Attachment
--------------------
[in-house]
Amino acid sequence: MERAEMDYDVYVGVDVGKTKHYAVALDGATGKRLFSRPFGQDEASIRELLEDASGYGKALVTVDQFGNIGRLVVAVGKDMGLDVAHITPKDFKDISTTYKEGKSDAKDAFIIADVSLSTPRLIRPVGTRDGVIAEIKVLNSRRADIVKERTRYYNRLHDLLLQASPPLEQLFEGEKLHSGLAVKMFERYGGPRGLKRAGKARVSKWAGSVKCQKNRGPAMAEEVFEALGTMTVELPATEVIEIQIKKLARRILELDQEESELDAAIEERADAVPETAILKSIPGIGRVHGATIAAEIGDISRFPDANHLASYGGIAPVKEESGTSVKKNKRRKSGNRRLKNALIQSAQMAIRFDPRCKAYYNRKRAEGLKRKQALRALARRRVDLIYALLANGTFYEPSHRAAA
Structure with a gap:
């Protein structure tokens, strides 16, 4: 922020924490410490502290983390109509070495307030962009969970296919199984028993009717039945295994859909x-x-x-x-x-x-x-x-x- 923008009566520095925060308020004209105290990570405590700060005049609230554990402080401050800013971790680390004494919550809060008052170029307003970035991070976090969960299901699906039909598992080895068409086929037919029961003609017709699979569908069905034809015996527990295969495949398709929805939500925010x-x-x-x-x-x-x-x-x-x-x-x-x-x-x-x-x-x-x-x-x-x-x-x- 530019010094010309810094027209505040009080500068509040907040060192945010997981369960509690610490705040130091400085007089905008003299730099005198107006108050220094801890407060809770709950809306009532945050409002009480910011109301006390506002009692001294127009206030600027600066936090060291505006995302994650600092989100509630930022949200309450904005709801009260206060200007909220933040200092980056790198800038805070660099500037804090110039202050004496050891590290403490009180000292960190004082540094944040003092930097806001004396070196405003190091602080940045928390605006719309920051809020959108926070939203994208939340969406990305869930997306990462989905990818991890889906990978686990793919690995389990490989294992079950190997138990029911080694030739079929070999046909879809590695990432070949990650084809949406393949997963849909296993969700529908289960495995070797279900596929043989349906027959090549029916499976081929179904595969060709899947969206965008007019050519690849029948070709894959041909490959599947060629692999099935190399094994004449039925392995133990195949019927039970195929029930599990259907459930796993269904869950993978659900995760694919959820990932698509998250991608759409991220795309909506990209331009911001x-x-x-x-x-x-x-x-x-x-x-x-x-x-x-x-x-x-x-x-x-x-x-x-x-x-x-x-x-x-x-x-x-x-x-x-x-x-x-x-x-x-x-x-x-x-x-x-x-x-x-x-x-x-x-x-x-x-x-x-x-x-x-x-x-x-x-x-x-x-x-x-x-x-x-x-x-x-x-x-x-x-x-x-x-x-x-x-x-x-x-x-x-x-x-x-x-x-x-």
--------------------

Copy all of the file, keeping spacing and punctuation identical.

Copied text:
[in-house]
Amino acid sequence: MERAEMDYDVYVGVDVGKTKHYAVALDGATGKRLFSRPFGQDEASIRELLEDASGYGKALVTVDQFGNIGRLVVAVGKDMGLDVAHITPKDFKDISTTYKEGKSDAKDAFIIADVSLSTPRLIRPVGTRDGVIAEIKVLNSRRADIVKERTRYYNRLHDLLLQASPPLEQLFEGEKLHSGLAVKMFERYGGPRGLKRAGKARVSKWAGSVKCQKNRGPAMAEEVFEALGTMTVELPATEVIEIQIKKLARRILELDQEESELDAAIEERADAVPETAILKSIPGIGRVHGATIAAEIGDISRFPDANHLASYGGIAPVKEESGTSVKKNKRRKSGNRRLKNALIQSAQMAIRFDPRCKAYYNRKRAEGLKRKQALRALARRRVDLIYALLANGTFYEPSHRAAA
Structure with a gap:
């Protein structure tokens, strides 16, 4: 922020924490410490502290983390109509070495307030962009969970296919199984028993009717039945295994859909x-x-x-x-x-x-x-x-x- 923008009566520095925060308020004209105290990570405590700060005049609230554990402080401050800013971790680390004494919550809060008052170029307003970035991070976090969960299901699906039909598992080895068409086929037919029961003609017709699979569908069905034809015996527990295969495949398709929805939500925010x-x-x-x-x-x-x-x-x-x-x-x-x-x-x-x-x-x-x-x-x-x-x-x- 530019010094010309810094027209505040009080500068509040907040060192945010997981369960509690610490705040130091400085007089905008003299730099005198107006108050220094801890407060809770709950809306009532945050409002009480910011109301006390506002009692001294127009206030600027600066936090060291505006995302994650600092989100509630930022949200309450904005709801009260206060200007909220933040200092980056790198800038805070660099500037804090110039202050004496050891590290403490009180000292960190004082540094944040003092930097806001004396070196405003190091602080940045928390605006719309920051809020959108926070939203994208939340969406990305869930997306990462989905990818991890889906990978686990793919690995389990490989294992079950190997138990029911080694030739079929070999046909879809590695990432070949990650084809949406393949997963849909296993969700529908289960495995070797279900596929043989349906027959090549029916499976081929179904595969060709899947969206965008007019050519690849029948070709894959041909490959599947060629692999099935190399094994004449039925392995133990195949019927039970195929029930599990259907459930796993269904869950993978659900995760694919959820990932698509998250991608759409991220795309909506990209331009911001x-x-x-x-x-x-x-x-x-x-x-x-x-x-x-x-x-x-x-x-x-x-x-x-x-x-x-x-x-x-x-x-x-x-x-x-x-x-x-x-x-x-x-x-x-x-x-x-x-x-x-x-x-x-x-x-x-x-x-x-x-x-x-x-x-x-x-x-x-x-x-x-x-x-x-x-x-x-x-x-x-x-x-x-x-x-x-x-x-x-x-x-x-x-x-x-x-x-x-």